Sparkling ICE now has options.
The brand’s parent company, Talking Rain, has cobbled together a national network for reaching convenience stores, CEO Kevin Klock told BevNET Editor Jeffrey Klineman during a wide ranging interview on the floor of the NACS (National Association of Convenience Stores) Show.
The option of going into C-stores is just one of several new choices facing the company, which has famously risen from near-bankruptcy to become the owner of the company’s hottest beverage brand over a five-year period.
One new option that wasn’t available, Klock told BevNET off-camera, is that the company might be considering purchasing other beverage brands. That ability to consider acquisition is part of the set of options that come with increased access to a variety of channels that didn’t become relevant until Sparkling ICE caught fire.
As he bantered through scheduled interviews with a variety of media — the New York Times was headed over on Tuesday, Klock allowed — inside a giant inflatable “Sparkling ICE Cube” that reflects the company’s increased marketing budget, an increasingly confident Klock indicated that, despite the brand’s momentum going into the convenience channel, he wasn’t about to lose focus on the grocery chains that have served as the platform for the brand’s growth.
“We don’t want to just run across the other channels of trade and then leave them,” Klock said when asked about how important the brand’s nascent c-store presence ($10 million compared to approximately $250 million in grocery) would be in the coming year. As part of the preparation, he said, the company has begun investing in getting custom glide racks and other merchandising apparatuses into the channel.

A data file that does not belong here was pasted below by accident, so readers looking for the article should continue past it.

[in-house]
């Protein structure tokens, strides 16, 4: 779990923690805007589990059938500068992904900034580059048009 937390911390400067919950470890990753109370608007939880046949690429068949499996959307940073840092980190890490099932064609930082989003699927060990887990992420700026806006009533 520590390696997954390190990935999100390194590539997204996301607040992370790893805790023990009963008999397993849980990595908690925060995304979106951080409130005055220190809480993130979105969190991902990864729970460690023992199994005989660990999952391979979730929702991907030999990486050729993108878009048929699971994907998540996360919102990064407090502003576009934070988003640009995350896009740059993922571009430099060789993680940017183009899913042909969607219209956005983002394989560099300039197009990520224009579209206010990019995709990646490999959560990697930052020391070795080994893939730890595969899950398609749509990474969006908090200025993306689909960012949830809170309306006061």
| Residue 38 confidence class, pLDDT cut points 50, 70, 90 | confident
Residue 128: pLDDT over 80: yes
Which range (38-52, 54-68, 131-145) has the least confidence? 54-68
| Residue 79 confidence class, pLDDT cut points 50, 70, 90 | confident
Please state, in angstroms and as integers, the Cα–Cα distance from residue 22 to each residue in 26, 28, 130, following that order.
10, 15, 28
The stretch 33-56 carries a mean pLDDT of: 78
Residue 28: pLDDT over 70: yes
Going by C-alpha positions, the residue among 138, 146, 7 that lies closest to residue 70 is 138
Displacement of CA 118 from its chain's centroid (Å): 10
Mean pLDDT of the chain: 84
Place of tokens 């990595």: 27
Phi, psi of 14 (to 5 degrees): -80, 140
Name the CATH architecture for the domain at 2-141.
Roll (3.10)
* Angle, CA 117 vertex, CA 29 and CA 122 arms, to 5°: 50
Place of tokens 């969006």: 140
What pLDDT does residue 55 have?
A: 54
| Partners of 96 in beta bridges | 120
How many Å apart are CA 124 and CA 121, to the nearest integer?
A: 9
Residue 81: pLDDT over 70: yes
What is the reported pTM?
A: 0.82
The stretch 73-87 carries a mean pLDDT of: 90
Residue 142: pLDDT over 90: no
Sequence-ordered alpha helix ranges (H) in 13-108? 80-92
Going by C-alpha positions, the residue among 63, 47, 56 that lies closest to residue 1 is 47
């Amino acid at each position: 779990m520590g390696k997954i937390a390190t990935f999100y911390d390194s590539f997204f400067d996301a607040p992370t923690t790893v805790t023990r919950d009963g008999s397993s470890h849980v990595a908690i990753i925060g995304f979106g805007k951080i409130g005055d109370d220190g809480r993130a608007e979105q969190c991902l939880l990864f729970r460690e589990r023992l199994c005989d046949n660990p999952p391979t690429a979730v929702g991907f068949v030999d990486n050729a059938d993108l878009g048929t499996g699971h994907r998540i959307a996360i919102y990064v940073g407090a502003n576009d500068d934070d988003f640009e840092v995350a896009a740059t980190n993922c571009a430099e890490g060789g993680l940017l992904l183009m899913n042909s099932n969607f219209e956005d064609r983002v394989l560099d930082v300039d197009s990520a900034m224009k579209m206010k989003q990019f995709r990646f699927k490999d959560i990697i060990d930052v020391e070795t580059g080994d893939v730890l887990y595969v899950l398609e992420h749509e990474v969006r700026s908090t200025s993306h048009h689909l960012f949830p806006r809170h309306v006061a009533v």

Klock addressed multiple issues related to growth and execution for the brand, including the new shadow of competition from all levels of the industry – from copycat products from smaller companies to “Big Cola” reviving the sparkling versions of established water brands that had once been scuttled.
“The fact that there’s other brands coming in,” Klock said, “the question is do they offer anything different from a brand proposition…. We don’t see this as a bad thing.”
With so many brands chasing after the Sparkling Ice consumer, however, Klock stressed that he isn’t up nights.
“What gets me excited is that we haven’t penetrated this market,” for established Sparkling Ice consumers, he said. “Here’s that convenience purchase that we haven’t had available to them.”
To hear more about Sparkling ICE’s plans for innovation, route-to-market, competition, and the potential for the brand to reach $1 billion by 2018, and the reason why Kevin Klock might kill an editor, enjoy the following video from the NACS Show.
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